NBA comparison: Danny Granger (but with a higher ceiling)


Key stats: 11.3 ppg, 5.8 rpg, 3.2 bpg

Strengths: Terrific defender in space and at the rim; Capable, if unorthodox, perimeter shooter who’s starting to attack closeouts

Weaknesses: Foul-prone, still raw offensively

Big Ten assistant on Jackson: “I call him Kevin Garnett 2.0. He’s going to be a problem. He’s still trying to figure it all out, but he has a high ceiling defensively … He’s one of the best shot blockers in the country, but he also has a good grasp of where to be on defense position-wise. He played the four spot where most times people play more mobile players, guys who can shoot or put it on the floor. He was able to guard those guys as well as the power players. … He’s skilled on offense. He can shoot the three or play inside. When his body fills out a little more, I think he can be even more of a presence offensively. His post-up game will get better. He’ll get to the free throw line a little more. Add that to his ability to drive from the perimeter and shoot the three, and the sky’s the limit.”

NBA comparison: Myles Turner

6. TRAE YOUNG, G, OKLAHOMA (6-2, 180)

Key stats: 27.5 ppg, 8.9 apg, 35.9 3P%

Strengths: Elite court vision; Good ball handler; Shooting range to 30 feet

Weaknesses: Modest size, athleticism; Inefficient finishing at the rim; Red flags defensively

Big 12 assistant on Trae Young: “I watched him a lot in high school and I thought he was a volume shooter, so I’ve been really impressed with how efficient he has been. He has a good handle and decent burst, but his shooting ability makes him quicker. You can back off of guys who can’t shoot it but are fast. You have to guard him 30 feet from the basket with your hands up every single time. … I never realized he was such a terrific passer because on his high school team he never had guys to pass the ball to. When we played him the last time, he had like 14 or 15 passes that could have been assists but his teammates either didn’t make the shot or weren’t ready for the pass. He throws players open like a quarterback. If you’re not turning and not ready for the ball, it will hit you in face. … If he has to guard and he’s got the right mindset, he can be an adequate defender, but he has to want to. He’s a liability defensively right now because that effort isn’t always there. … I don’t know about the Steph Curry comparisons, but I think he’s going to be a good NBA player because he can shoot, dribble and pass.”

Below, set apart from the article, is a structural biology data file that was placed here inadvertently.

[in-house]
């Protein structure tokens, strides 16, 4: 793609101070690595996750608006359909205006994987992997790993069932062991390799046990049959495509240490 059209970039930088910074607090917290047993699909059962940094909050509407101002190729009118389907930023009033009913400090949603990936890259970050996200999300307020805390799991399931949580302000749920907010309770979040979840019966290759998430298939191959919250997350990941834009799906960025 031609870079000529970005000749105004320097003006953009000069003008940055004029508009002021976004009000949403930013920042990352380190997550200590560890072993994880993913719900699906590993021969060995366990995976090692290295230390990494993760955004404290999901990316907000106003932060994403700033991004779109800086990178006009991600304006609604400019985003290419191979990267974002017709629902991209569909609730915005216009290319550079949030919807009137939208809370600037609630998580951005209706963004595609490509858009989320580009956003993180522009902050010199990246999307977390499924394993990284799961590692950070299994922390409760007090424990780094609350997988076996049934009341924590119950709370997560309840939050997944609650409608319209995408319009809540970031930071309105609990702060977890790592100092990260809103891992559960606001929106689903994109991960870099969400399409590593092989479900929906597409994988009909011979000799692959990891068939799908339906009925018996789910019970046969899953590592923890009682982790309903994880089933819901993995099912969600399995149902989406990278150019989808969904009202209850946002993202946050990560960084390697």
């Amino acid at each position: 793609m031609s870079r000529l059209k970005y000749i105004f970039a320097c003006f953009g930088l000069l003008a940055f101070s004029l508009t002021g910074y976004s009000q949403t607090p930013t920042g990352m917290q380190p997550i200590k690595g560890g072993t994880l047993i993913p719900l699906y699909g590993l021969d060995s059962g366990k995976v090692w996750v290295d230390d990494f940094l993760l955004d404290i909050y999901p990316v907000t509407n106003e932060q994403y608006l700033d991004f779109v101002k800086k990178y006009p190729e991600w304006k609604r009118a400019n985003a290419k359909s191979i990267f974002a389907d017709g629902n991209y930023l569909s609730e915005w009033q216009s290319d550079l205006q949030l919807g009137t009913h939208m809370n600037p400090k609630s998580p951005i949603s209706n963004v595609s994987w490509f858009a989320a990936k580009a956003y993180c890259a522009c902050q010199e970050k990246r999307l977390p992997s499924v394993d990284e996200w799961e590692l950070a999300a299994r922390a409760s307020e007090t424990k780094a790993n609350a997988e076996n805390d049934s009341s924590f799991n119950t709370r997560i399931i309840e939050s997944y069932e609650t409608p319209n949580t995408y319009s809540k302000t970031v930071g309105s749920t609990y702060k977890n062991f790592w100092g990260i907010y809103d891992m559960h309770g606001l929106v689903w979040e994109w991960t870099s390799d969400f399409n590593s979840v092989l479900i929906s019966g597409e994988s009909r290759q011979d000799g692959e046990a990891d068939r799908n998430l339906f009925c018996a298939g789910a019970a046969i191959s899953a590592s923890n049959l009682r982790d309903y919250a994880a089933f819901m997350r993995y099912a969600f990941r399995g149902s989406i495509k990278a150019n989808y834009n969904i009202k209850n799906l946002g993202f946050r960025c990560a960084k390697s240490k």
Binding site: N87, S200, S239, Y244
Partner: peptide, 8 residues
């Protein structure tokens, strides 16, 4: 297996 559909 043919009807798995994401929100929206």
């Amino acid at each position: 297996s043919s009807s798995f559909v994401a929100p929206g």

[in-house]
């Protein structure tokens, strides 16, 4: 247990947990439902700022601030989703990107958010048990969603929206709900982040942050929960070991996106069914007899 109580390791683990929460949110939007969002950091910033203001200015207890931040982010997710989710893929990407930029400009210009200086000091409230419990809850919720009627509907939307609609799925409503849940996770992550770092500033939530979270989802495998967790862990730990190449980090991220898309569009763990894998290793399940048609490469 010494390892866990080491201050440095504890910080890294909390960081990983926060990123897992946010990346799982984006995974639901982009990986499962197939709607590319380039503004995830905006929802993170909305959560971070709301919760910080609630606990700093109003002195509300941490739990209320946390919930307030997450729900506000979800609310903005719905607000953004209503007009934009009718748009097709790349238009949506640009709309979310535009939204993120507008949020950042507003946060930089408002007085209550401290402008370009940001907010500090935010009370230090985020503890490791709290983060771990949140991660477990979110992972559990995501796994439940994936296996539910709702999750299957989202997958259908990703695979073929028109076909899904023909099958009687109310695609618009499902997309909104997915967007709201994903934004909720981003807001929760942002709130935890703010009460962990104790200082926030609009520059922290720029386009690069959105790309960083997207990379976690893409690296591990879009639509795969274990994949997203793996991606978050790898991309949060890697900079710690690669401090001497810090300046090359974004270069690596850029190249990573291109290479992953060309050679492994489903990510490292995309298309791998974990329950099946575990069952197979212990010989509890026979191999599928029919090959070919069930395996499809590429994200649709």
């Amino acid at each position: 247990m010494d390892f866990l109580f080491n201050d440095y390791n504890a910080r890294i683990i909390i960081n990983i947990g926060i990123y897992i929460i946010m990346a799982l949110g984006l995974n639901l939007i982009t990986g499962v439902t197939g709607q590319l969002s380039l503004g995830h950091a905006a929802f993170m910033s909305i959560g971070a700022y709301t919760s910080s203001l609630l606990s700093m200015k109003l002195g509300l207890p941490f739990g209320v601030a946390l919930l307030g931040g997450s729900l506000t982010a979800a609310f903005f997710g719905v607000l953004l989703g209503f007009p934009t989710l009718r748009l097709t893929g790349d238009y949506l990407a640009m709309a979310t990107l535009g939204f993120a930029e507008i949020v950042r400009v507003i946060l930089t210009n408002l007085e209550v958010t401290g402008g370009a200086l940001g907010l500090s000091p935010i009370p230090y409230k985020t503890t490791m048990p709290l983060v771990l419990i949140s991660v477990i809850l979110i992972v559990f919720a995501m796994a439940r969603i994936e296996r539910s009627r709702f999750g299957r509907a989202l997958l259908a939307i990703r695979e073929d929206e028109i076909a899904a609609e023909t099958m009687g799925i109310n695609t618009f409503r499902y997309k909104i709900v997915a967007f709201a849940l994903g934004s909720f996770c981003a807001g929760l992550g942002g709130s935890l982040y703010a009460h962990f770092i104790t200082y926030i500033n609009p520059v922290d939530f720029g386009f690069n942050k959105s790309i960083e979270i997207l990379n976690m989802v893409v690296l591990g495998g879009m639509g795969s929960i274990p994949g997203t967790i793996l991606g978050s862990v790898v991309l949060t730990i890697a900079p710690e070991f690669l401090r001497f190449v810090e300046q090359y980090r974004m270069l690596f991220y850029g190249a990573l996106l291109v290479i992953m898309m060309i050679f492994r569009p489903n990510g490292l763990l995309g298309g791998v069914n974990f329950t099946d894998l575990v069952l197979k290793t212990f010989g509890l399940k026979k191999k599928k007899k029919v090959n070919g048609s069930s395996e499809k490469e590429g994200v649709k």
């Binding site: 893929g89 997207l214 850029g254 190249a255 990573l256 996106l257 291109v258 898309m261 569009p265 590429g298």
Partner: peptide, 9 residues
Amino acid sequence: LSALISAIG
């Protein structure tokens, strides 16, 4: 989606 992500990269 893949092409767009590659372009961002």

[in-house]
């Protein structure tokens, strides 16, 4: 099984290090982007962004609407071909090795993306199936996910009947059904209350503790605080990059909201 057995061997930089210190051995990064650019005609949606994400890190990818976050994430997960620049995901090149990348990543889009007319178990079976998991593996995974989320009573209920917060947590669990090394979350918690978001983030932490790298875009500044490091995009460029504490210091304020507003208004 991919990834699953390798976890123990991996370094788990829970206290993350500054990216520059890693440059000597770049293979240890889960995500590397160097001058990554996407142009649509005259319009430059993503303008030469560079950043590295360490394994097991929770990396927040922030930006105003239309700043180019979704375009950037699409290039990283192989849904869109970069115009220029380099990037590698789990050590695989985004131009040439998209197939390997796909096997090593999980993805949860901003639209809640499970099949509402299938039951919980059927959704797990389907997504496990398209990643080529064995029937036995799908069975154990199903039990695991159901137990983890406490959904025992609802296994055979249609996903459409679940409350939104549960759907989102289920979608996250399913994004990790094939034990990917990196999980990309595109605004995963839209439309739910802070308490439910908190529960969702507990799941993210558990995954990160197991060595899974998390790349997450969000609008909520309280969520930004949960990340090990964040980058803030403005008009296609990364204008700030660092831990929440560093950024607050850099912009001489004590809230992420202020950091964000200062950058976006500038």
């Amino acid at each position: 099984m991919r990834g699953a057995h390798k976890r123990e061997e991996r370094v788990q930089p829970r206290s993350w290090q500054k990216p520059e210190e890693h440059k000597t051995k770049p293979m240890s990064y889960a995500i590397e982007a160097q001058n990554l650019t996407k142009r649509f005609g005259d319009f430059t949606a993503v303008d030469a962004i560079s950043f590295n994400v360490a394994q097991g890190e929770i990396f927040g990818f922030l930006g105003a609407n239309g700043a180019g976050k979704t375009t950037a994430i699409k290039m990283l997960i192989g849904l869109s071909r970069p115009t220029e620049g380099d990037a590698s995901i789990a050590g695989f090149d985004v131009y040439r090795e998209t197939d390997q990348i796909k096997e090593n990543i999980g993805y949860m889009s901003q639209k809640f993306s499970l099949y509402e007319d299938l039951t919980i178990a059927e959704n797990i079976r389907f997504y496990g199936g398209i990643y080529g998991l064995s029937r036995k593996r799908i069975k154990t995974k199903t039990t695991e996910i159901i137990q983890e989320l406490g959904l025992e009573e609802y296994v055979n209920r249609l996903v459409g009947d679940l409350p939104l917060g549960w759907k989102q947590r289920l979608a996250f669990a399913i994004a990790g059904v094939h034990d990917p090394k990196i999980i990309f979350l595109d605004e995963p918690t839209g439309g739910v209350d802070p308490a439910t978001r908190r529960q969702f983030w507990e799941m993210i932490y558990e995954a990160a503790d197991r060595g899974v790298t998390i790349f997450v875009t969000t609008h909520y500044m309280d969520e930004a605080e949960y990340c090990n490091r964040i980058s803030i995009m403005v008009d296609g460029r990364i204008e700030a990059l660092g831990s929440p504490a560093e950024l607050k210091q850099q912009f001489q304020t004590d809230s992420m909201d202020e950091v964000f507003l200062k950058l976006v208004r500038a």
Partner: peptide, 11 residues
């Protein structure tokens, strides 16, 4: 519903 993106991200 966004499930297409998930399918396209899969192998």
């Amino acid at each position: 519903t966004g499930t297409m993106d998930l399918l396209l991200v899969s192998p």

NBA comparison: Mike Conley Jr.

7. WENDELL CARTER, F, DUKE (6-10, 259)

Key stats: 14.5 ppg, 9.1 rpg, 2.2 bpg

Strengths: Good low-post scorer and passer who can knock down shots from 3-point range too

Weaknesses: Not an explosive athlete; Lateral quickness defending in space is a concern

ACC assistant on Carter: “I think he’s a lottery guy. He’s got great footwork in the post, he’s a good passer and I’ve watched him make threes more and more all season. He’s got the whole package. He’s a really talented kid. … Last I looked he was only fourth on their team in field goal attempts. He would be putting up even bigger numbers if he played somewhere else, but they have so many different options. … He’s a really good rebounder and he has improved defensively as the season has gone along. When those guys played at Boston College in mid-December, he was lost. I think he’s gotten a lot better since then.

NBA comparison: A better-shooting Greg Monroe


Key stats: 17.6 ppg, 5.6 rpg, .420 3P%